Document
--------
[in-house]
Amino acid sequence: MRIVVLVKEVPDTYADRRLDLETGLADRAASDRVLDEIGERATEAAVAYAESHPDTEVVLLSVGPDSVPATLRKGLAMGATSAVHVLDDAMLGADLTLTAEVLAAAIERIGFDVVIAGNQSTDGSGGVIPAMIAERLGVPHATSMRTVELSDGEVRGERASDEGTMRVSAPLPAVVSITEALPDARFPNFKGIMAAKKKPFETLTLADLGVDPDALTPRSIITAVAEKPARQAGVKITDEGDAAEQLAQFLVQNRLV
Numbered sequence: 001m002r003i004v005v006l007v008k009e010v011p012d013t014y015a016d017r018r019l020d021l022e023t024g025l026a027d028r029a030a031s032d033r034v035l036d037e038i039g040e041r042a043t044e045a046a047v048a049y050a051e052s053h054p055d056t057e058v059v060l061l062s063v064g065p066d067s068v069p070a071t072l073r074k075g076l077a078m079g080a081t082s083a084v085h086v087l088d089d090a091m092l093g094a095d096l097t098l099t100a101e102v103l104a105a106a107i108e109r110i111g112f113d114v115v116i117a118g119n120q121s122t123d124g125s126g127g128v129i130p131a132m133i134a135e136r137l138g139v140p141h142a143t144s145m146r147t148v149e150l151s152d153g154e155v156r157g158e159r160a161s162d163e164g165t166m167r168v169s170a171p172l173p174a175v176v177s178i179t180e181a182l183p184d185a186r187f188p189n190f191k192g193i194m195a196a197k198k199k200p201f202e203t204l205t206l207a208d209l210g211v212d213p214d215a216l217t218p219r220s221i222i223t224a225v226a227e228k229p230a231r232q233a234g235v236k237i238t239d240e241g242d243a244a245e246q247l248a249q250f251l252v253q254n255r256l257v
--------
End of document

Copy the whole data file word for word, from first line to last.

[in-house]
Amino acid sequence: MRIVVLVKEVPDTYADRRLDLETGLADRAASDRVLDEIGERATEAAVAYAESHPDTEVVLLSVGPDSVPATLRKGLAMGATSAVHVLDDAMLGADLTLTAEVLAAAIERIGFDVVIAGNQSTDGSGGVIPAMIAERLGVPHATSMRTVELSDGEVRGERASDEGTMRVSAPLPAVVSITEALPDARFPNFKGIMAAKKKPFETLTLADLGVDPDALTPRSIITAVAEKPARQAGVKITDEGDAAEQLAQFLVQNRLV
Numbered sequence: 001m002r003i004v005v006l007v008k009e010v011p012d013t014y015a016d017r018r019l020d021l022e023t024g025l026a027d028r029a030a031s032d033r034v035l036d037e038i039g040e041r042a043t044e045a046a047v048a049y050a051e052s053h054p055d056t057e058v059v060l061l062s063v064g065p066d067s068v069p070a071t072l073r074k075g076l077a078m079g080a081t082s083a084v085h086v087l088d089d090a091m092l093g094a095d096l097t098l099t100a101e102v103l104a105a106a107i108e109r110i111g112f113d114v115v116i117a118g119n120q121s122t123d124g125s126g127g128v129i130p131a132m133i134a135e136r137l138g139v140p141h142a143t144s145m146r147t148v149e150l151s152d153g154e155v156r157g158e159r160a161s162d163e164g165t166m167r168v169s170a171p172l173p174a175v176v177s178i179t180e181a182l183p184d185a186r187f188p189n190f191k192g193i194m195a196a197k198k199k200p201f202e203t204l205t206l207a208d209l210g211v212d213p214d215a216l217t218p219r220s221i222i223t224a225v226a227e228k229p230a231r232q233a234g235v236k237i238t239d240e241g242d243a244a245e246q247l248a249q250f251l252v253q254n255r256l257v